You’d think that airships were a thing of the past, but now we’re going to show you why these huge aircraft are making a comeback. There are few things more frustrating than sitting in traffic. But there’s a growing demand in the tech space to make flying cars like the 60s cartoon ‘The Jetsons’ a reality. Officially known as electric vertical take-off and landing aircraft, the “eV-TOL” vehicles take off, hover and land vertically. With a market worth up to $25 billion by 2035, it’s no wonder investors are keeping their eyes on the sky. Purely electrically powered aircraft are built without directly emitting carbon dioxide. And more than 50 companies are developing several prototype aircraft capable of carrying up to 20 passengers.
One such company is the Turkish AirCar. This Istanbul start-up is proving that take-off is closer than we think. Traffic and pollution are the bane of urban life. Since its founding in 2017, AirCar has been looking for a way to break congestion. Instead of waiting for governments to build bigger roads and better public transport, the company has stepped in. AirCar, which operates in Silicon Valley’s “Turkish version” of Silicon Valley, has partnered with the country’s largest software company.
The ultimate goal is to create a network of flying taxis that are fully electric and self-driving. After more than a thousand small-scale trials, testing of a full-scale prototype began this year. According to AirCar’s CEO, the company expects to be carrying passengers by early 2025.
“It all started in 2017. I have been exposed to sustainable technologies in my studies and work. And I realised that using current technologies in lithium-ion batteries, composites, drone technologies and artificial intelligence, we can get into this business. I thought it was the right time to start because everything starts early, as it is a difficult technology and a difficult problem to solve,” explained Eray Altunbozar, CEO of AirCar.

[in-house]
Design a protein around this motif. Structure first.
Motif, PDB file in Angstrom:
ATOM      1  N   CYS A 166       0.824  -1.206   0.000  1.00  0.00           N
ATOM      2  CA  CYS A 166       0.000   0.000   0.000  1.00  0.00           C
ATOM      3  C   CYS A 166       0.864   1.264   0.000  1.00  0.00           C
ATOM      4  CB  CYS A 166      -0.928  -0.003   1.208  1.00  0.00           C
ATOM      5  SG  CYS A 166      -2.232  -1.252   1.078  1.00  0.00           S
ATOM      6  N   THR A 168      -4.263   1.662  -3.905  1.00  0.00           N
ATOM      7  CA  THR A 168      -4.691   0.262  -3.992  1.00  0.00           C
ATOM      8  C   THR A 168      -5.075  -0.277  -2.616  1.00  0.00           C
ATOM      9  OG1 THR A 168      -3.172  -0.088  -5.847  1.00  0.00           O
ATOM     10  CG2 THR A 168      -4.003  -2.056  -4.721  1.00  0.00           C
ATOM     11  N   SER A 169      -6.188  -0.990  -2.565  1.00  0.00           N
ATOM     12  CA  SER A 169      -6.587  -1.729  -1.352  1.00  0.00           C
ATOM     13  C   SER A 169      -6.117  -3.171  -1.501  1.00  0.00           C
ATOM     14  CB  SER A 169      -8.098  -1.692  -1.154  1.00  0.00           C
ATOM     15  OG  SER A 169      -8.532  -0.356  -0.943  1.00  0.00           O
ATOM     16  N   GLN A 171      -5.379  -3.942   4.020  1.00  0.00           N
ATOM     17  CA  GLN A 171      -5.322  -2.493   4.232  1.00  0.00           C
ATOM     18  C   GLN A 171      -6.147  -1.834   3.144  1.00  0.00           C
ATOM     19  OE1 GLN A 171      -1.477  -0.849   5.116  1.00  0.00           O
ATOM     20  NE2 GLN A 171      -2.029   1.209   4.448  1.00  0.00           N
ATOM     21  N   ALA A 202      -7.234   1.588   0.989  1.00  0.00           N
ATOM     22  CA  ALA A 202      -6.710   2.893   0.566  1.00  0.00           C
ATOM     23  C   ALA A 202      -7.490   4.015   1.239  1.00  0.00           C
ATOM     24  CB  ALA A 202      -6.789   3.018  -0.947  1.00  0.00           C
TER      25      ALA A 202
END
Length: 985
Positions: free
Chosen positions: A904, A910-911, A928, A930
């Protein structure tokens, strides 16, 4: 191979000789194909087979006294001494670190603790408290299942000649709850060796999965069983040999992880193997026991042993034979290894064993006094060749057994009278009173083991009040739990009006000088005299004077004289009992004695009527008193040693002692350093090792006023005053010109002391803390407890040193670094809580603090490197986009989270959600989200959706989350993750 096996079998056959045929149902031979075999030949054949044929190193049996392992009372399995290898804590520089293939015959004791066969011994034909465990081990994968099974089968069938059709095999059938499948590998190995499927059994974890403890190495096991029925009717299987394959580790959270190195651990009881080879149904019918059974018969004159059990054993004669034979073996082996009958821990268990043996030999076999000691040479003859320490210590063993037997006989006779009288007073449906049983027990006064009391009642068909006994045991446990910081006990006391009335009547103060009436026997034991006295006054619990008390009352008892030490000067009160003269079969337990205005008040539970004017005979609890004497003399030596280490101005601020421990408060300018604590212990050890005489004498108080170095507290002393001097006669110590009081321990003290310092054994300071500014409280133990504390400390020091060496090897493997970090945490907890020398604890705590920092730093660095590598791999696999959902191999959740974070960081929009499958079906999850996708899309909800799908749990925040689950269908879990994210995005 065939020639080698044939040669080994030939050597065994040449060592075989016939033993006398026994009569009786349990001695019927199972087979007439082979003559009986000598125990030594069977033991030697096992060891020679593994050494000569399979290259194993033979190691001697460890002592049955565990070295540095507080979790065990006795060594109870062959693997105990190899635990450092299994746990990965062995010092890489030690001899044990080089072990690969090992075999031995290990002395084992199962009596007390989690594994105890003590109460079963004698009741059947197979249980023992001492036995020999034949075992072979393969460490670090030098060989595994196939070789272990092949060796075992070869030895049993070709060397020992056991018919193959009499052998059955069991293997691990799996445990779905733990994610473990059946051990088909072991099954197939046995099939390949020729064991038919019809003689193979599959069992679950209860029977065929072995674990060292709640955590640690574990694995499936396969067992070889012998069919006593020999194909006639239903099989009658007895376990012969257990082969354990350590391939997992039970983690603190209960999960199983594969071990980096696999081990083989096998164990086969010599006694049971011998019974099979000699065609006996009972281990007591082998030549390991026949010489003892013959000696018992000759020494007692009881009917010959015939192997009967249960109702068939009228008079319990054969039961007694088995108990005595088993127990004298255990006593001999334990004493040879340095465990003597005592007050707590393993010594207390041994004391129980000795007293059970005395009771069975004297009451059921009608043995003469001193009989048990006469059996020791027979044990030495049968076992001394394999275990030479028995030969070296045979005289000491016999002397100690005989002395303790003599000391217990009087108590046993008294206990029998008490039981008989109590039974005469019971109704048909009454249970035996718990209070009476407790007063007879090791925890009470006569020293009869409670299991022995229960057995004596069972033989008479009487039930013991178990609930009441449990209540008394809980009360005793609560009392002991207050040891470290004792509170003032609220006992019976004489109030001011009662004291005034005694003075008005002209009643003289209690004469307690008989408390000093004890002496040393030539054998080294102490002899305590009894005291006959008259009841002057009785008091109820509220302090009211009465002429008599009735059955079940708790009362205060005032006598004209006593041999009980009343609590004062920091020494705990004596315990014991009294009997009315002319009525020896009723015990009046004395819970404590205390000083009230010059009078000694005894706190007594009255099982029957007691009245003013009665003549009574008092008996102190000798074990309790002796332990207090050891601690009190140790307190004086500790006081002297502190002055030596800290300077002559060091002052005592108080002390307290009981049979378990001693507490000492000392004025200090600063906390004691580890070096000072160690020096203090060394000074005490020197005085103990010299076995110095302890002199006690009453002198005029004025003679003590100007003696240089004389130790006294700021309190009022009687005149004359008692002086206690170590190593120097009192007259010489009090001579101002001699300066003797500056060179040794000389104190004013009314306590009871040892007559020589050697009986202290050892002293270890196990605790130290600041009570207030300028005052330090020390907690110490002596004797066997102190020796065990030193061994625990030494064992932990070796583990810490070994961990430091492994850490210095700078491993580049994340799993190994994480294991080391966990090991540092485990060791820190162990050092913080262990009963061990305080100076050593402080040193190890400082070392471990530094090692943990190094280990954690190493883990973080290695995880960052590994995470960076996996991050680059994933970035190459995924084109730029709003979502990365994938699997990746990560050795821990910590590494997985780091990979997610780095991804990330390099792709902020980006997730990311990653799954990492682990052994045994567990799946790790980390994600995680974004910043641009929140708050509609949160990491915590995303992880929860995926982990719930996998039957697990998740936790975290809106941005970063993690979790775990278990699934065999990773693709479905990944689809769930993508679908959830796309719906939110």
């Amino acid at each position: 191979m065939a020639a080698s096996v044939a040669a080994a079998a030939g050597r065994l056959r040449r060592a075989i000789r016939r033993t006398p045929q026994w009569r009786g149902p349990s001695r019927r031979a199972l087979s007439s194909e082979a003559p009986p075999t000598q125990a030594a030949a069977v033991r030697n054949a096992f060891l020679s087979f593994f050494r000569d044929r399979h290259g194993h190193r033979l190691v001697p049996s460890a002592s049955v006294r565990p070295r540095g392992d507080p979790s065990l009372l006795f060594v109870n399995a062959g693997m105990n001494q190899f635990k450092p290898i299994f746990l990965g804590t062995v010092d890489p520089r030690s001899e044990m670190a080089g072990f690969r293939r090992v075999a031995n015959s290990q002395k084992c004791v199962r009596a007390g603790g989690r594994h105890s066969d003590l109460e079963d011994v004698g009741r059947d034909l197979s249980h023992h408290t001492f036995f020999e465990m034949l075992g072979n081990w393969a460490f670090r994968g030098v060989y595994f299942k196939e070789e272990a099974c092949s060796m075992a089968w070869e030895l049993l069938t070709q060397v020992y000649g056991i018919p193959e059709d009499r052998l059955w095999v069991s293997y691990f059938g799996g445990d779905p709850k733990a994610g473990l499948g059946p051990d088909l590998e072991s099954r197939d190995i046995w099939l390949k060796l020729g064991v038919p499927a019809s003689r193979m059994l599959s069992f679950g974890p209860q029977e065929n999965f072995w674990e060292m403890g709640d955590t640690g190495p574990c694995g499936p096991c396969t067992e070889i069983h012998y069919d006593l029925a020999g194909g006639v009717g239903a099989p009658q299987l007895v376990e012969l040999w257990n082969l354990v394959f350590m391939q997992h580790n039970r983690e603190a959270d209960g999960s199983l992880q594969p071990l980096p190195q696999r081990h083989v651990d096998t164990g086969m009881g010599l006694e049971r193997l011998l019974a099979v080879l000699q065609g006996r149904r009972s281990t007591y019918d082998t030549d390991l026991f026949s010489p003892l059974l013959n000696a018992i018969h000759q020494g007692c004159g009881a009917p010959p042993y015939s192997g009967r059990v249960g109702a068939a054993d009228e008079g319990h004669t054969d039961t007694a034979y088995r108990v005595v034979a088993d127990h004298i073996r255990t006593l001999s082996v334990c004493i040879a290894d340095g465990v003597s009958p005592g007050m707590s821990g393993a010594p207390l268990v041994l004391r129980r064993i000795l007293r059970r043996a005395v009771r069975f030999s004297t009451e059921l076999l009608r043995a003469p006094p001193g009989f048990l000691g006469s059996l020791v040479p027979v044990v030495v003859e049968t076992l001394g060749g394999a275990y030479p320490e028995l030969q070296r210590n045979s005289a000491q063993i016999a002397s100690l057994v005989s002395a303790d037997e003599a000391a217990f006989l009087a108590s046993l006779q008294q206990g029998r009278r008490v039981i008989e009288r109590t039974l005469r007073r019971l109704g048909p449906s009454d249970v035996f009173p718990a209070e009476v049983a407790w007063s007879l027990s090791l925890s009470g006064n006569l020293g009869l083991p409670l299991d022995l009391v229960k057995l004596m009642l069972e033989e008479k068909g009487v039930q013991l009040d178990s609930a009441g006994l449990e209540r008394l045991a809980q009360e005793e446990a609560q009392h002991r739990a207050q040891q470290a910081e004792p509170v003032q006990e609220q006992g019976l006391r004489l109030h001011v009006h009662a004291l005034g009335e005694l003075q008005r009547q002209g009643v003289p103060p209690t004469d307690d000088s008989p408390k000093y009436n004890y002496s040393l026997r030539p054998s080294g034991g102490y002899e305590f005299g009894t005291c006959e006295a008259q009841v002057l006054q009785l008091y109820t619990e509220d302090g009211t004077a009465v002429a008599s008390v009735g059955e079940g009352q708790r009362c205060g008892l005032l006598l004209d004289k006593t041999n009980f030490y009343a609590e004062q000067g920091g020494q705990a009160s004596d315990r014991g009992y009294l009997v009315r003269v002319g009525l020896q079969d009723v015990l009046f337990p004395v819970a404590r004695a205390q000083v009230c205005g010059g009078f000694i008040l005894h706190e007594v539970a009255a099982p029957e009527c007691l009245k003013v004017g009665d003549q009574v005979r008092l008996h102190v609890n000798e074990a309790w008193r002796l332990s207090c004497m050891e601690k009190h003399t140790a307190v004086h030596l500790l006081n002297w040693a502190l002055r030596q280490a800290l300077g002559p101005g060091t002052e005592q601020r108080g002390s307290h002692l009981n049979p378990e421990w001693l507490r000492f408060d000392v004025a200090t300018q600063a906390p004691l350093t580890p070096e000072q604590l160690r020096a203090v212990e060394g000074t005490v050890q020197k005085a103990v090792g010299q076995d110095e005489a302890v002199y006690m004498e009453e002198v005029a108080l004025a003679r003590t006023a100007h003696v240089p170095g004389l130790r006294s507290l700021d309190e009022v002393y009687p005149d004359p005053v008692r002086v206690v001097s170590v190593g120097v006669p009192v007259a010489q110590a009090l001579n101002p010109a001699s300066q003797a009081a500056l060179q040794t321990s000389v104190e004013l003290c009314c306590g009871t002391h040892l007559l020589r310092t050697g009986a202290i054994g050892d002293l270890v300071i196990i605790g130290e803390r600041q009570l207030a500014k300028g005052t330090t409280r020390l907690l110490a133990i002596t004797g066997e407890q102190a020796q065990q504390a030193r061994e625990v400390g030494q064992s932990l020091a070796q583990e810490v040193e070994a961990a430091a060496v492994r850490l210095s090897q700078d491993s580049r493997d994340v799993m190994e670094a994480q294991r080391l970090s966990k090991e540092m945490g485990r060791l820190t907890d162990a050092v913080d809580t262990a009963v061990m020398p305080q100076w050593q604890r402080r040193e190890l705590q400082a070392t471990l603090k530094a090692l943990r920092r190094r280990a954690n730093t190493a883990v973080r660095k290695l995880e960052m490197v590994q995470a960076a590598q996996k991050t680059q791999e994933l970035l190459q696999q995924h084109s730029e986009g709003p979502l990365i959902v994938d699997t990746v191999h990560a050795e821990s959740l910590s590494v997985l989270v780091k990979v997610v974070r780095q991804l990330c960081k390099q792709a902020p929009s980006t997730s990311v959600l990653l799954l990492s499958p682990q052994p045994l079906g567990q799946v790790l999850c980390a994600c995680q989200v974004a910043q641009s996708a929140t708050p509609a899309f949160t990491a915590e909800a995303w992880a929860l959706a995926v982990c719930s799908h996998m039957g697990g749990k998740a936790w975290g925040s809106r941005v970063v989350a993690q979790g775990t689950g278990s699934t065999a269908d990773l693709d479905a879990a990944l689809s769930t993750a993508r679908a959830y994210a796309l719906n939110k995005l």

But what about larger shipments ? According to French company Flying Whales, its huge, airship-like vehicles can both carry 60 tonnes of cargo over long distances and do so in a sustainable way. The company’s CEO says their idea could bring healthcare to the boil.
“The idea is to use a high-capacity airship to go to an island or other remote area to act as a hospital. It stays there for two weeks, then treats the people around it, and then spends another two weeks in a new location. Then he can come back two or three times a year, depending on the need. He can provide the population with the same health care that is available in the big cities,” said Sebastien Bougonnal, “The regulation of flying things over a certain weight is very strictly regulated by both the European Aviation Safety Agency and the US Federal Aviation Administration, and there are regulators in every country in the world that follow strict manufacturing design guidelines. I’m very pleased that there is a safety and regulatory network in place,” added Phil Seymour, President of IBA Aviation Consultancy.
“In the short term I’m not very optimistic because if you compare the load, the number of passengers that a train can carry from say the centre of Berlin to the airport with a conventional or even a modern helicopter, you get a much smaller number. If you want to go for hundreds of people, you will have a very congested airspace, which I suspect many people will not like,” said Andreas Bardenhagen, a professor at the Berlin University of Technology.